For David Clennon—Thirtysomething's Cruel-but-Cool Boss from Hell—life Definitely Does Not Parrot Art
10/08/1990 AT 01:00 AM EDT
10/08/1990 AT 01:00 AM EDT
There are times when David Clennon wishes he could cut the same figure—one of sleek, angular, sharp-lapelled menace—as Miles Drentell, the seductive rotter of an ad executive he plays on ABC's yuppie epic, thirtysomething. "I find myself expecting, hoping that people will be intimidated by me," he says. "That they'll just—'Oh, my God! Oh, my, Mr. Clennon!' It's fun to imagine having that kind of power." That kind of power isn't to be found in his split-level Santa Monica condo, decorated with art and posters dedicated to Central American political struggles and an award for his work with Salvadoran refugees. At the moment, Clennon, 47, dressed in khakis and moccasins, is entertaining a Salvadoran friend who has come to update him on the nationalist movement in Mexico. The host offers a choice of beverages, including cider—"The only one on the market, I think, that is still actually pressed from whole apples."
By utter contrast, Clennon's Miles is pressed from a deliciously bad apple. And that comes from a deep barrel of unsavory screen roles that the lean, hungry-looking, eagle-eyed actor has played (such as stuffy officials in The Right Stuff and Missing). "There's something of that educated, managerial-level professional, slightly smug, articulate, devious and generally unsympathetic type in many of the people I've played," says Clennon. But the part of Miles, which quickly grew from a one-shot appearance in January 1989, has been a breakthrough for the actor—and, for audiences, a relief. When Miles first joined the show, Clennon says, strangers would say to him, "You're the only one who doesn't whine."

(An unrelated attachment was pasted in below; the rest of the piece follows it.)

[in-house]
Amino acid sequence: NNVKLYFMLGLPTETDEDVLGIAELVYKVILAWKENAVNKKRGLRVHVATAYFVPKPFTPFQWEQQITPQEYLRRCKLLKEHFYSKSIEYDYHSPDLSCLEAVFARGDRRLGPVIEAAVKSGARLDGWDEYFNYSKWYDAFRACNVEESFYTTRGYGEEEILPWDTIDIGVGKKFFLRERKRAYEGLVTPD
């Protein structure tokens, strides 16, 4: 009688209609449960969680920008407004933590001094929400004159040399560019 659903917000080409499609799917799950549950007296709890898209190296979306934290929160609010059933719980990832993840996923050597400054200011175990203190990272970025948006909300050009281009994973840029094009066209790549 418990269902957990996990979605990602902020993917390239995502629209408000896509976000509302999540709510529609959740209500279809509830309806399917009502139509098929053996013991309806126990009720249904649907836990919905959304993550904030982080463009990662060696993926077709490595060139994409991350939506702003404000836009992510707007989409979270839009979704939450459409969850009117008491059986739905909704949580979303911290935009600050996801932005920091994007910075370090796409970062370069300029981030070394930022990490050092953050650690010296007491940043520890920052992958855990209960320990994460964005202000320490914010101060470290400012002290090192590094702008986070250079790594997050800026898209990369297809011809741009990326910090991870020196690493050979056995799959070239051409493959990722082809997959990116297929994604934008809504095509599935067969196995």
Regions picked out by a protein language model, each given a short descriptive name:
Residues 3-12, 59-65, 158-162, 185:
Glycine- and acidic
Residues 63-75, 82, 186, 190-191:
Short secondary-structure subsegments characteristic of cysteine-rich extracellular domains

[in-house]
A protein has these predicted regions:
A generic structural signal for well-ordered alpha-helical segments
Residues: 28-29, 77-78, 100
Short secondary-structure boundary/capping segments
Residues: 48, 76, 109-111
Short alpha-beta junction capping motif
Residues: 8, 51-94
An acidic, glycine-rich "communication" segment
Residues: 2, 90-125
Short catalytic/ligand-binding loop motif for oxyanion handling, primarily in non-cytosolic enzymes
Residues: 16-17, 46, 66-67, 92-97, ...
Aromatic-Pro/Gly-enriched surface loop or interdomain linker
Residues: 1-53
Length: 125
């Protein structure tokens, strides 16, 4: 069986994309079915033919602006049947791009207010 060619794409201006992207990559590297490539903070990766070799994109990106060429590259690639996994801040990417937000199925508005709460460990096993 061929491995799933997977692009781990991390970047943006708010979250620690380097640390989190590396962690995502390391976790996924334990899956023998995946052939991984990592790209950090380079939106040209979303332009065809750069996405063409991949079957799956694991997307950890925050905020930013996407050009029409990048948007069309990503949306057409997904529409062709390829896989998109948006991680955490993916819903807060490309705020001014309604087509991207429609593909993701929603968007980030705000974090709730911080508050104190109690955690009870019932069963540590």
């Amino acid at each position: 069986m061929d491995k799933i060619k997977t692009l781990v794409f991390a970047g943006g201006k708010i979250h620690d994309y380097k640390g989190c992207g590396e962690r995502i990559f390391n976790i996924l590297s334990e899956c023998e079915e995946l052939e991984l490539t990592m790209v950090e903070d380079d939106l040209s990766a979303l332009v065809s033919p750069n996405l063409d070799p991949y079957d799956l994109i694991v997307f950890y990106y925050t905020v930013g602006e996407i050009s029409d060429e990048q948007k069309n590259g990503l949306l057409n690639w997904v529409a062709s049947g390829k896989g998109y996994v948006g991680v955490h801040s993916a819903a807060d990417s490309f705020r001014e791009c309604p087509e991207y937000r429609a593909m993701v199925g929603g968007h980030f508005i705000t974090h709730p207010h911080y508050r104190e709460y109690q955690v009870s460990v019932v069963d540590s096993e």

No: Miles weasels, sublimely. At the end of last season, he slyly fended off a takeover attempt spearheaded by Michael (Ken Olin). In his Oct. 9 reappearance, Miles launches a new power play—one that disturbs Clennon. He has complained in a recent interview that not only does Miles try to force himself upon the kookily winsome Melissa, but he loses control of the situation. Now, after a clampdown by the thirtysomething powers that be, Clennon will not discuss the plot but says, "I'm worried that the audience is going to be dissatisfied. This character they find intriguing is suddenly going to be lacking in credibility and consistency. I may be hooted off the tube."
Like his character, however, Clennon himself has often broken the rules. He's been arrested nine times, by his count, starting with the march on the Pentagon in '67, "one more in the Vietnam era and seven times" since then, he says, protesting U.S. military aid to Central America. "Clennon is passionate about seeing that the world be set right," says his girlfriend, Becky Sue Epstein, a thirtysomething film producer. That has always been the way of the Clennon clan. "My family talked politics a lot," says Clennon, who grew up in Waukegan, Ill., the son of an accountant, Cecil, and a homemaker, Virginia (he has two sisters). "I remember in 1952, we'd sit around the radio listening to the Democratic Convention, the one that chose Stevenson to run against Eisenhower. The family was always very strongly Democratic."